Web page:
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0 out of 1 people found the following review useful:

Unforgettable and Lovable.

Author: anonymous from Vancouver, Canada
29 September 1998

It's a shows which moves you, a show makes your heart start beating again (uh... I meant, beating faster.) I have to confess that not every single episode in this tv series is charming tho'. Some of them are very boring to me, put-me-into-coma. BUT, there're some really very terrific epsiodes such as Mind over Matter, A Stitch in Time, Refuge, and Last Supper. They make you wanna see every episode in The Outer Limits!

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1 out of 3 people found the following review useful:

Episode: "Think Like a Dinosaur"

Author: rlcsljo from Hollywood, ca
14 August 2002

Aliens that look like velociraptors help humans travel through space through a transport/duplication process. When the "copy" arrives, the "original" is supposed to be destroyed. You guessed it, something goes wrong and there are two of them (Linnea Sharples). Since the "equation must be balanced" for the process to work, Colantino is given the job of eliminating the duplicate. He vacillates between killing her and destroying all the others that have been transported, if the equation is not balanced.

Opinion: Very good "personal" drama from the best of the sixties. Colantino really keeps you guessing until the end about what he will do. Sharples plays the innocent until the end. It also has a pretty good nude scene by Sharples.

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1 out of 3 people found the following review useful:

No Limit to the Imagination

Author: lewisrailway from York, England.
3 February 2002

Anyone reading my opinion of "Star Wars" might think i would be equally scathing about what is generally known as the New Outer Limits,but they would be wrong! Firstly because the old Outer Limits was before my time so i cannot draw comparisons and secondly because as a whole the NOLis faultless,and gets everything right that SW did not.The whole series is Science Fiction DRIVEN i.e.the episodes explore ideas of the Possible; in "The New Breed" a scientist engineers molecular sized machines to repair the human body , and here in the UK a boy has just been cured of cancer by the development of hunter-killer white cells. Every story has a bizarre twist [The Light Brigade is a perfect example] and superb actors/actresses such as Amanda Plummer,Robert Patrick and Chris Sarandon are used to great effect. The special effects [even though they include CGI, which i loathe] are astounding,indeed far better than many Hollywood blockbusters! By now you have guessed that i love this show,so it is really irritating to know that it is not available to buy on video--it used to be for rent from Blockbuster, but not any more! Favourite episode? Boy thats a tough one! Probably #1] A Stitch In Time #2] The Light Brigade #3] Trial By Fire. Rating as a series-9/10 or 4.5 *

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1 out of 3 people found the following review useful:

Great stuff!

Author: James D. Buttram (jasonbeast@aol.com) from Fairfax, VA
30 November 1999

Yeah, so I was hopelessly addicted to "The Twilight Zone" as a kid. "Outer Limits" is the only science-fiction anthology-type show that has really grabbed me since then. There are actually a lot of similarities, and the quality of acting and writing is very close as well. "Vaccine" and "Monster" are outstanding episodes, and though I can usually see a plot-twist from a mile away, I was blindsided by the twists in both of these.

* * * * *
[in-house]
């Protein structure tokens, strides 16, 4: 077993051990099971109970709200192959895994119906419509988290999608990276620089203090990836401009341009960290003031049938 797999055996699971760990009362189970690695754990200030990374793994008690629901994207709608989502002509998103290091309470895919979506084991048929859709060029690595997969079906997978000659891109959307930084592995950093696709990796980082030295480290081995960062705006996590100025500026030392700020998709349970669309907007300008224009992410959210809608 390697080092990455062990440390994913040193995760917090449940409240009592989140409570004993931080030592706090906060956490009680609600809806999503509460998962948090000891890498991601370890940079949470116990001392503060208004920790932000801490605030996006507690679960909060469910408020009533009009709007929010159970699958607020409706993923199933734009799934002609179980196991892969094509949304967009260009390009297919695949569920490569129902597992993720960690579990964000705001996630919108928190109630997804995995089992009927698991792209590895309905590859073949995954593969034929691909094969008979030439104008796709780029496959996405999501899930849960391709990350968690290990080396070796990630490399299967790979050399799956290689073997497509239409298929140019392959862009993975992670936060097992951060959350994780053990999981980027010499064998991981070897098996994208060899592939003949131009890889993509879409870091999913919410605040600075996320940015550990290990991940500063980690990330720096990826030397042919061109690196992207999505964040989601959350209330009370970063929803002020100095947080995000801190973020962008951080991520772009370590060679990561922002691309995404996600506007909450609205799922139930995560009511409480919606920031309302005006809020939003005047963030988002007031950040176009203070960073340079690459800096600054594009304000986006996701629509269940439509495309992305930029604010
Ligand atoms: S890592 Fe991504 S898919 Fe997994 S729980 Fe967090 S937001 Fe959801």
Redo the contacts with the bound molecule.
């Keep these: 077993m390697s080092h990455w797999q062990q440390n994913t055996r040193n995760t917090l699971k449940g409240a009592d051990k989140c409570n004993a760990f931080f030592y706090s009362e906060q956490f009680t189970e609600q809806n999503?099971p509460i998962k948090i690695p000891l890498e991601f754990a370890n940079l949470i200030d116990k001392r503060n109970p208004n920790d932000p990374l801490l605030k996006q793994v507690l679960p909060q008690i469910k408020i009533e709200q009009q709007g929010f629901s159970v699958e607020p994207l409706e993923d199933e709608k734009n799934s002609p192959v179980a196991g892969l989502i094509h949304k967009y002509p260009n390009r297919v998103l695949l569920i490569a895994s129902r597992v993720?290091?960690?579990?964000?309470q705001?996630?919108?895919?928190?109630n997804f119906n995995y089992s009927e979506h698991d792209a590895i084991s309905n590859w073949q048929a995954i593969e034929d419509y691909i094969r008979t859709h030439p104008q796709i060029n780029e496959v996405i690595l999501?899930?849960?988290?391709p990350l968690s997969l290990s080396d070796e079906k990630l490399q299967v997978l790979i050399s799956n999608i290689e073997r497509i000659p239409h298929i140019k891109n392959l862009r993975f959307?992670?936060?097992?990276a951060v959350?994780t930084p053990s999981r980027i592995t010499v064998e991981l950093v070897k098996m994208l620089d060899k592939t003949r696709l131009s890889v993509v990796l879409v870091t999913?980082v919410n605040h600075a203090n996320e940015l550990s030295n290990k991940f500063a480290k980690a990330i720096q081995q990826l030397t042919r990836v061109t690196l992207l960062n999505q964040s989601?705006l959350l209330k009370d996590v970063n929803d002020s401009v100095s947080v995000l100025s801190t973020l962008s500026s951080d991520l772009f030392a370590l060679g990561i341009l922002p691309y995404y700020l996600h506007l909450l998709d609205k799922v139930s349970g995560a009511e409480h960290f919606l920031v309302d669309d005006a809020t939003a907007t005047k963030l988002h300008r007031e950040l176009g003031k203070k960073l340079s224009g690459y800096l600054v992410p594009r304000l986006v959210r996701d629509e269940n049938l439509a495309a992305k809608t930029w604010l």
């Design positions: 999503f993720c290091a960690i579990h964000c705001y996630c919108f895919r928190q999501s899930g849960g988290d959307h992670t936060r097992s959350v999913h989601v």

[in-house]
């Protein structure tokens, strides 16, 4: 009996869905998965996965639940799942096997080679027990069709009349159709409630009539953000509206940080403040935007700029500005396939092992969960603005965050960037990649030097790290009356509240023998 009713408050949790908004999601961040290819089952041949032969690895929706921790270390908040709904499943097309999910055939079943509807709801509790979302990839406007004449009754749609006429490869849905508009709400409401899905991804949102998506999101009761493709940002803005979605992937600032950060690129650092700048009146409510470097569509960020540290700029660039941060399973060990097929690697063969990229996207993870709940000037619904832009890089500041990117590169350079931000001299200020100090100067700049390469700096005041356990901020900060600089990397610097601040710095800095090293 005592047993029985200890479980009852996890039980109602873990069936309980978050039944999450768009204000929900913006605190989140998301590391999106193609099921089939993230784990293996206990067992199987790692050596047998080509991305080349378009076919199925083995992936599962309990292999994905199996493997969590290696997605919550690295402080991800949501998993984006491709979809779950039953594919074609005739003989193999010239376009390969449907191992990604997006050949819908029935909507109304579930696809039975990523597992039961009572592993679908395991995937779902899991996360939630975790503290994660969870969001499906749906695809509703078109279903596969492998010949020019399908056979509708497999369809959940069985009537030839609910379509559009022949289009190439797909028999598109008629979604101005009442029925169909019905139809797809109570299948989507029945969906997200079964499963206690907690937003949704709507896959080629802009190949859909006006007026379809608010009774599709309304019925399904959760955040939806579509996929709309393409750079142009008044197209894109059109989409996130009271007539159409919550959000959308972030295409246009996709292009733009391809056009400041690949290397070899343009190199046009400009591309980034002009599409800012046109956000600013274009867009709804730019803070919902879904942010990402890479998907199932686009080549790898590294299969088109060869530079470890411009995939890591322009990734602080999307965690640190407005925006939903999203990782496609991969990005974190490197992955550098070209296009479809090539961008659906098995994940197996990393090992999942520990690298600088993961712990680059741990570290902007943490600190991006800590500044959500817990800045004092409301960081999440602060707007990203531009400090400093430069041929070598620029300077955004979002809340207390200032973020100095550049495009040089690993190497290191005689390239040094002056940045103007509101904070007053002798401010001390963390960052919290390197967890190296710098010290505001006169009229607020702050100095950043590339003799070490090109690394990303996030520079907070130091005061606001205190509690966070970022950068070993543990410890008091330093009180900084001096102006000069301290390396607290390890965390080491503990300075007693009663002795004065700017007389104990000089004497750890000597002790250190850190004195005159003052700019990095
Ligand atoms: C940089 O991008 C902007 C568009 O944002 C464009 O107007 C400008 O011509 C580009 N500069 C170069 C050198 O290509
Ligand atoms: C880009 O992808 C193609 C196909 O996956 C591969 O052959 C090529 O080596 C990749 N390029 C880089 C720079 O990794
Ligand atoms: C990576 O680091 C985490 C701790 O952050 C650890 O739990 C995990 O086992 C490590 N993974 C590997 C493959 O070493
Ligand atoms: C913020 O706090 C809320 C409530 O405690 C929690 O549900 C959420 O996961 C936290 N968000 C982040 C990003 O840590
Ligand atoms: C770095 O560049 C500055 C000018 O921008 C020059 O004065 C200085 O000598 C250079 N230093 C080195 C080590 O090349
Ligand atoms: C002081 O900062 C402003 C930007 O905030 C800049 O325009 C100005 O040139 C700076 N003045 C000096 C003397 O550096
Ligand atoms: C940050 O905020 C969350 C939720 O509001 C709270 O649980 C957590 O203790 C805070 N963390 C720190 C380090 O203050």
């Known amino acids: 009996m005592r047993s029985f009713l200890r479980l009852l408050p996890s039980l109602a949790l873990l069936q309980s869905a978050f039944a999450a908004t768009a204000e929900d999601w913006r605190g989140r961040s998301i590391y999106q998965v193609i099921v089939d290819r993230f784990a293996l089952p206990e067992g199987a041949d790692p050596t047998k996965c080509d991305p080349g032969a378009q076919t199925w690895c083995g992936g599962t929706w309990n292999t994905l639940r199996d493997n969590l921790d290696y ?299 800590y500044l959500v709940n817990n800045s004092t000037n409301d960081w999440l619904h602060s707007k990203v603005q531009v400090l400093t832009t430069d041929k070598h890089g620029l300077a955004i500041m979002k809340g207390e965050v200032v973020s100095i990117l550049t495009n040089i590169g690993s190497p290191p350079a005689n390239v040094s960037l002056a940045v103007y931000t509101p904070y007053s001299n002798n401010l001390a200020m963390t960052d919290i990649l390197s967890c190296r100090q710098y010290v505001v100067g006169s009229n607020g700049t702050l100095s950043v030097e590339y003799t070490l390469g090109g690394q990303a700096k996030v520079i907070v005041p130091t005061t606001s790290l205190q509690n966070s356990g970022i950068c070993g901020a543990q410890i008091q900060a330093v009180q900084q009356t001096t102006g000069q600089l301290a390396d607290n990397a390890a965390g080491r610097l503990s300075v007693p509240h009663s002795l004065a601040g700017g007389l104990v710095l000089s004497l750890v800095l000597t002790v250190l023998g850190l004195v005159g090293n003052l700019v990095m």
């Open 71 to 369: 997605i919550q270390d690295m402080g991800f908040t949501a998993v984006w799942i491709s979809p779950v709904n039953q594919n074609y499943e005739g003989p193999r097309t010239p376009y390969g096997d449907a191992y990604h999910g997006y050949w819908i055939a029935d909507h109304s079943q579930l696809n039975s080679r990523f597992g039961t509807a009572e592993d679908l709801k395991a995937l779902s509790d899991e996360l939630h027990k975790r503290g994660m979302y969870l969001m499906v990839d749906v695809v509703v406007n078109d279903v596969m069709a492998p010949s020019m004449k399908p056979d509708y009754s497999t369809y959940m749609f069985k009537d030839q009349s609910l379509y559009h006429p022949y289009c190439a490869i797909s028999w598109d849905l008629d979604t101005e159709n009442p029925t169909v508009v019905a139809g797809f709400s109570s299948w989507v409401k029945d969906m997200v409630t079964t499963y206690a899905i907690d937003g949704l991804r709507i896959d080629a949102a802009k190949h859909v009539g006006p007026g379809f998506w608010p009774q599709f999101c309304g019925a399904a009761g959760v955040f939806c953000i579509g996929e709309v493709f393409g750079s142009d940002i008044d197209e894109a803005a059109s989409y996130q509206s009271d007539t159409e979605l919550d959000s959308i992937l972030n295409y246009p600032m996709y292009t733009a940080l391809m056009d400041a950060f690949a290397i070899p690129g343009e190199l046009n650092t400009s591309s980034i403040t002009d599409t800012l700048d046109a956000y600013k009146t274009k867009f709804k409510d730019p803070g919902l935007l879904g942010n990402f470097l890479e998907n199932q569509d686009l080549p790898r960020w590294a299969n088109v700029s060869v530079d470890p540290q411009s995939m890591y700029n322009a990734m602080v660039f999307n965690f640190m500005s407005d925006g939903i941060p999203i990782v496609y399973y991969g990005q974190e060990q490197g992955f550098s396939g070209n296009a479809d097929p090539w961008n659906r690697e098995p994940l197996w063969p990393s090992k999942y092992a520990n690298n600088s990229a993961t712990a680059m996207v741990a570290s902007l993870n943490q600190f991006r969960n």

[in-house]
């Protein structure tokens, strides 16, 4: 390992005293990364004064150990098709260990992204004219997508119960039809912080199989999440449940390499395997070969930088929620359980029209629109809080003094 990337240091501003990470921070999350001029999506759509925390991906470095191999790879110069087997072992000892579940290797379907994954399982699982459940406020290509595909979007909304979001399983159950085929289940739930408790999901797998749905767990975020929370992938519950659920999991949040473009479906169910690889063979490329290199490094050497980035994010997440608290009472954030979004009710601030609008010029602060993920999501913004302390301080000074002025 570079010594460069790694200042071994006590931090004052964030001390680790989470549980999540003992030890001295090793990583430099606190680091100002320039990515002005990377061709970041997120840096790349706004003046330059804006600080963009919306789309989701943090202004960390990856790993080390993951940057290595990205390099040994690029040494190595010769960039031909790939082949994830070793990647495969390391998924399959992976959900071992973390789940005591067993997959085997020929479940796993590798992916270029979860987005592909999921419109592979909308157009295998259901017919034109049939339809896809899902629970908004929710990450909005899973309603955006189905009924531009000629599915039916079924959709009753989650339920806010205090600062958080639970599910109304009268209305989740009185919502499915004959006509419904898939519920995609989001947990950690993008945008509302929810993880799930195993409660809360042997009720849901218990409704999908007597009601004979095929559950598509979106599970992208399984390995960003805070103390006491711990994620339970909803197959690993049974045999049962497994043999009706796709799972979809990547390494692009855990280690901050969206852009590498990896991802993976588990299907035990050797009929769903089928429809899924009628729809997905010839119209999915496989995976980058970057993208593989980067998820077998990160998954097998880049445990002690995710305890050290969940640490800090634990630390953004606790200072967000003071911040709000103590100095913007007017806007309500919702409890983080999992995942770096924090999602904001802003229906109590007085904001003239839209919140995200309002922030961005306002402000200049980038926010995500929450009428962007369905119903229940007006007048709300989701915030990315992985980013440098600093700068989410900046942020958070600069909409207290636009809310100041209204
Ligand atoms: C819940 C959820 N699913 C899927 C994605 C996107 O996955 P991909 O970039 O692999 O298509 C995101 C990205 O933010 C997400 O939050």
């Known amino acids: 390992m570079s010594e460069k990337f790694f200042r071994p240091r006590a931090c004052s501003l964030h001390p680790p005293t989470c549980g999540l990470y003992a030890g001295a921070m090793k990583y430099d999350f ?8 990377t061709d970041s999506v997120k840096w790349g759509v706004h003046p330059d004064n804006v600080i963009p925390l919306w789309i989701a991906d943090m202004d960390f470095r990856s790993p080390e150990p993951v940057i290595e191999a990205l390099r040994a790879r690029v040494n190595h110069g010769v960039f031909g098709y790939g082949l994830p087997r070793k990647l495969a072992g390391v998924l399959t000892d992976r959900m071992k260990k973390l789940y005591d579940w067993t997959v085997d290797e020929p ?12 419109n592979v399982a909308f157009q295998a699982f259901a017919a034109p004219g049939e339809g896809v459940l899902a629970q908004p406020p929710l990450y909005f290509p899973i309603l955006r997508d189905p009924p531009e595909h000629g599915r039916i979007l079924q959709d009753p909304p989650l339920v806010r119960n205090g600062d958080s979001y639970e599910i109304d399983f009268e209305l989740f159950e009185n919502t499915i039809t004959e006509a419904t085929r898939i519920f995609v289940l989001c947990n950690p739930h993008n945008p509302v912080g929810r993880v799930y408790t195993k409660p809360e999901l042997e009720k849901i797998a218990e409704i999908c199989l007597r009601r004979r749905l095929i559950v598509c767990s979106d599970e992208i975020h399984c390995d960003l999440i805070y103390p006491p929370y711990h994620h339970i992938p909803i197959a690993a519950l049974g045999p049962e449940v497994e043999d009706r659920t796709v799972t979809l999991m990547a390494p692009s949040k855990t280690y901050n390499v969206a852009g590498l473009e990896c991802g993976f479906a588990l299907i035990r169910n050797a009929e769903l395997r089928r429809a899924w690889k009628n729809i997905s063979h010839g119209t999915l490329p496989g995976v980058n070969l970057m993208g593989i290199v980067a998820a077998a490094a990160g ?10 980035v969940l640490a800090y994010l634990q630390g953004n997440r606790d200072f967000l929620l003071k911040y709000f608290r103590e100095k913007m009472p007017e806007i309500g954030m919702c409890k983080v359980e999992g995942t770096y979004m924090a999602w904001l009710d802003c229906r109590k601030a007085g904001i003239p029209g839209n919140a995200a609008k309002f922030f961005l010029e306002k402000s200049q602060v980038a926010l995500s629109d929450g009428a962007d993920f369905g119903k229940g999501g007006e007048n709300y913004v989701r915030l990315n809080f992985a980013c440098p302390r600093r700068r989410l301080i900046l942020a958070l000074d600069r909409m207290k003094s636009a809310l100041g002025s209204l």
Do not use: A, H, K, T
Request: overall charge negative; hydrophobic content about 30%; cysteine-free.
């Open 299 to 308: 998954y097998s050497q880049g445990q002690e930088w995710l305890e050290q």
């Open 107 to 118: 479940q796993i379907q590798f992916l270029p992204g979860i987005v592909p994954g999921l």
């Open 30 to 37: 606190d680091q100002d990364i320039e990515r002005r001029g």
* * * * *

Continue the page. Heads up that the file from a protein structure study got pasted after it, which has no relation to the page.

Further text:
It helps that, in every episode, there is at least one well-known actor or actress in the lead role. Granted, these aren't A-list movie stars, but familiar and talented. Nicole De Boer, Jason Patrick, Maria Conchita Alonso, and Henry Rollins (!) have all been on at various times.

Overall rating: **** out of *****

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0 out of 2 people found the following review useful:

Some gems, but mostly fecal matter

2/10
Author: lothos-370-690020 from United Kingdom
3 September 2012

*** This review may contain spoilers ***

When the series first started I was looking forward to it. I'd seen some of the original series on late night TV while working night shifts and hoped the new version would live up to its predecessor. In a word no. Some episode were genuinely thought provoking and despite the tedious and extremely patronising ending monologues I gave it a real go. However, after seeing the world end for the 50th unoriginal time, I had stop watching. For example, at the end of the FIRST series an episode called The Voice of Reason , has Aliens in human form hearing stories of how other alien invasions threatened their own evil schemes. Thats right, they had so many earth's gonna get it soon episodes to pool from, they could make a repeats show based solely on that premise, and that was from the first season only! And they didn't stop there, trust me.

As I said there were some really good ideas here and there but you had to wade through a lot of crap to get to them. I gave it 2/10 cause that was the good to bad episode ratio in my opinion.

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1 out of 4 people found the following review useful:

Actually better than the original

Author: domino1003 from United States
6 December 2003

*** This review may contain spoilers ***

I am a fan of the original version of "The Outer Limits" and was skeptical when they brought this version on. How can you top the original? I was glad to watch, because I love this series even more. A lot of the stories are INCREDIBLY creepy. They have top notch casting (Charlton Heston among them), and a moral. It's too bad that they didn't make more than they did (SciFi Channel tried for a while),but I am thankful that they made the ones they did.

Among my favorites:

1) The Sandkings: Beau Bridges plays God. And you KNOW what happens when you play God: YOU get played. Lloyd Bridges is also in this episode.

2) The Voyage Home: 3 space explorers are on the way home, when a creature pops on board and kills 2 of the crew members. The alien SAYS that it wants to go to Earth on a peaceful mission, but the surviving crew member has to make a choice: believe the alien and bring it to Earth, where it may possibly destroy it, or stay away from Earth, knowing that he can never return?

3) First Anniversary: Matt Frewer finds the perfect woman and marries her. A year later, things turn scary as she start to look...alien. Is it all in his mind?

4)Music of The Spheres: Kirsten Dunst and others hear this music, which starts to transform them. What is the purpose of the music?

5) The Surrogate: Heather Donahue decides to become a surrogate mom for a medical clinic. Soon, she finds she's being shadowed by a government agent. Even worse, something is going on, and it has A LOT to do with her child.

Try to catch the episodes on television or rent the DVD's.